In more modern times, reinforced fibreglass boxes of 270 cu ft capacity and capable of carrying up to 9 tons were used for several years on a ‘Continental Container Service’. The containers, measuring 7ft by 6ft by 6ft, were the largest single-piece GRP moulding that had been made commercially at the time, although they weighed in at just 9cwt. Around a hundred were produced, along with some smaller ones for use on narrowboats. They had been designed by Ralph Kirkham; it was his first introduction to canals, about which he was to become a great enthusiast and campaigner.

The idea was that they were loaded at the factory, taken by lorry to British Waterways terminals such as Leeds, Sheffield or Nottingham, then conveyed by barge to Hull or Goole where the containers were loaded onto ships for export. They could be sealed for customs purposes and thus ensure a faster transit. However, that was not to bargain for the dockers, whose unions ruled the roost in ports at that time. Their insistence on unloading and reloading every container totally negated their advantage, and the concept failed – an almost identical precursor to the better known BACAT (Barge Aboard CATamaran) system that they also killed off. One does wonder how they would cope with today’s universal container traffic.

Loading into the barge’s hold was relatively easy . . . until it came to manoeuvring the container into its final position. Today’s handling techniques are a little more mechanised.

The Waterways Archive, Ellesmere Port

The Waterways Archive, Ellesmere Port

Fibreglass boxes being demonstrated for the ‘Continental Container Service’ at Knostrop Depot, near Leeds, in the 1950s. 

The Waterways Archive, Gloucester

The Waterways Archive, Gloucester

Demonstrating the capacity of the box.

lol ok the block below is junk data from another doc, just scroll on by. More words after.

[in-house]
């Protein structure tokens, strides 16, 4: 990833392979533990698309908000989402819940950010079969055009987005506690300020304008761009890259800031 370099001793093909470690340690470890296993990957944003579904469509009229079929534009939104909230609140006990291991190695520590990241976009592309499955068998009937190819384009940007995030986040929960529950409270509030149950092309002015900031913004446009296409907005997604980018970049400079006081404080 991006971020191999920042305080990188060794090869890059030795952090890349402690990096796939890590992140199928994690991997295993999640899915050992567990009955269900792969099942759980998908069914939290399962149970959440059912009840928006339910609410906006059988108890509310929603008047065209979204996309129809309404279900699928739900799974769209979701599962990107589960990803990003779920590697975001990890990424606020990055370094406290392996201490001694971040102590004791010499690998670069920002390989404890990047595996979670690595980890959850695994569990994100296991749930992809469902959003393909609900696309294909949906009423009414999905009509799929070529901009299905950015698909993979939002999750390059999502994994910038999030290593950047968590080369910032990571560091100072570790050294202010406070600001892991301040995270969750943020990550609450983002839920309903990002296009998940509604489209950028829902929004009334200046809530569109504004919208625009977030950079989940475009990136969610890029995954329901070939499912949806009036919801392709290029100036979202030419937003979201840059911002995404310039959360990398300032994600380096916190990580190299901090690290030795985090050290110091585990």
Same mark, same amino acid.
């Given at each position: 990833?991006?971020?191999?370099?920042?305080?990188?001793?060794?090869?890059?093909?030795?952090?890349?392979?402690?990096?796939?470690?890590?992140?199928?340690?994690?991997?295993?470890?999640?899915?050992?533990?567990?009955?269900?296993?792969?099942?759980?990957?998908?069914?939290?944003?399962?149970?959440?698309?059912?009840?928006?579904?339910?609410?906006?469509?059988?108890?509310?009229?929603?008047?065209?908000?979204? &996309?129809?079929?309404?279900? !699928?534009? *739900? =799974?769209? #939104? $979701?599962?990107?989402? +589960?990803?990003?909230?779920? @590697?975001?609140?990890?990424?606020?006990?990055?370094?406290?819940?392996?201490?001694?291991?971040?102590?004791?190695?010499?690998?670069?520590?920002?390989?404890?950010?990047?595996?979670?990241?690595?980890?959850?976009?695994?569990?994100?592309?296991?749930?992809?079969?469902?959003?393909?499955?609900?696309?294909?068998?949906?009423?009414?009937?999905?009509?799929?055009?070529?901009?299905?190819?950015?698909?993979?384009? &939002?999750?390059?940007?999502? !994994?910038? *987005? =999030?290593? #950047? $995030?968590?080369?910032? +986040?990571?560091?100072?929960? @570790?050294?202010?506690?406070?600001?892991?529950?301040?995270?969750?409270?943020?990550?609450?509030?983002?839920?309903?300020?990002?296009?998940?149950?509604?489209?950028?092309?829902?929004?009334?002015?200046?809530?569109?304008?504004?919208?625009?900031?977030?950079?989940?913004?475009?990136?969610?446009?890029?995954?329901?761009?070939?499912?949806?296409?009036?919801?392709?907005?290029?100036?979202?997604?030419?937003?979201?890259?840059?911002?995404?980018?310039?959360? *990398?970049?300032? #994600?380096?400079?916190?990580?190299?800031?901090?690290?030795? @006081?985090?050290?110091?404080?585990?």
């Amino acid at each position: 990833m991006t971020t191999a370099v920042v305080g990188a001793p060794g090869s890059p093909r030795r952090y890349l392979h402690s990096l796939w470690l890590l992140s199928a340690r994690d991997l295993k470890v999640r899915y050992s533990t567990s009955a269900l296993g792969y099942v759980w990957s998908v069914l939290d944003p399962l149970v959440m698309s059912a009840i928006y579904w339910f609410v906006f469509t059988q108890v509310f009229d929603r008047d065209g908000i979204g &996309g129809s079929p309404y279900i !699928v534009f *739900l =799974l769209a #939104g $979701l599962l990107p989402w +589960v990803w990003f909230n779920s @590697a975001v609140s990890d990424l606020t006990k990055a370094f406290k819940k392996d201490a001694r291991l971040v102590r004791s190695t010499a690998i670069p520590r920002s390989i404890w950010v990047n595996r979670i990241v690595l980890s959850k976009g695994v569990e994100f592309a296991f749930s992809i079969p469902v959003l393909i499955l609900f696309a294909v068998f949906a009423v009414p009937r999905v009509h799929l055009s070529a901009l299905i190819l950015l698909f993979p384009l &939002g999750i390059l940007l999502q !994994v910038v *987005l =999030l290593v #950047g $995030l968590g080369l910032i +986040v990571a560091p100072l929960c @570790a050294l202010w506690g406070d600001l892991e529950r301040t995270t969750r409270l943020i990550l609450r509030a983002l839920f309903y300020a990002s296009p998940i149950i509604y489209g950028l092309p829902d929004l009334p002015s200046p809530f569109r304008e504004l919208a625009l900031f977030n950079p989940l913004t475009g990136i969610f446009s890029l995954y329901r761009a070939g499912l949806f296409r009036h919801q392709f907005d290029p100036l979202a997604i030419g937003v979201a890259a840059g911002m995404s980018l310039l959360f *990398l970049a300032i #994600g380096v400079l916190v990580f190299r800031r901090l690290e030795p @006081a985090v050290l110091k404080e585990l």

The Waterways Archive, Ellesmere Port

Can any reader throw any light on this rather different type of BW container?

The Waterways Archive, Ellesmere Port

A rather less well preserved example outside the Gloucester Waterways Museum.

A preserved fibreglass box at the Yorkshire Waterways Museum, Goole.

Cath Turpin

Last Traffic

The last long-running container traffic on the narrow canals brought history full circle. Josiah Wedgwood promoted the construction of the Trent & Mersey Canal to reduce damage to his pots. Two centuries later, another pottery in Stoke-on-Trent reintroduced canal transport between two of its factories to reduce breakages. In 1966, Johnson Bros started carrying on 4 miles of the Caldon Canal between its factories at Hanley and Milton with the catamaran-hulled Milton Maid. In 1973 it introduced a second boat Milton Queen, 65ft long and built by its own staff. It was powered by a 1,100cc car engine driving a hydraulic pump and cost just £2,500.

A third boat, the 70ft Milton Princess, was added in 1978. Unlike the first two, this was built along traditional narrowboat lines by Malcolm Braine at Norton Canes and powered by a Russell Newbery DM2.

Each boat carried around 40 metal trolleys of pots which were wheeled on board. The whole operation, from loading the first crate to unloading the last, took just 2 hours, enabling two trips per day. The two newer boats were low enough to pass under Ivy House lift bridge without its being opened.

The main traffic stopped in the mid-1980s following the closure of the Milton depot, and the two newer boats were laid up. However, Milton Maid continued with local trade around Hanley for some years. The final trip took place on 14th July 1995. So, one of the very last regular narrow canal traffics used the same principle that was used at the start of the canal age.

Milton Princess is loaded at the pottery at Hanley for her 1978 maiden voyage on the 4 miles of Caldon Canal to Milton where the pots were packed and dispatched.

Boxes Today

From such humble beginnings, a worldwide network of container traffic has developed, without which it is hard to imagine how modern society would function. It seems a pity that whilst canals around the world now cater for container barges, the country which first developed them has almost no canals of sufficient dimensions to accommodate them.

Today, container barges operate regular services on all the larger continental waterways, such as here on the Rhine at Lorchhausen. The concept may have started in England, but our waterways could never compete today.

Acknowledgements

Many thanks for assistance from Archive magazine, Linda Barley, Grahame Boyes, Peter Brown, Mike Chapman, Mike Clarke, Martin Cockayne, Chris Daniels, Tom Foxon, Laurence Hogg, Caroline Jones, Hugh Conway-Jones, Martin O’Keeffe, Patrick Moss, Stephen Rowson, Christine Richardson, Paul Sillitoe and Cath Turpin.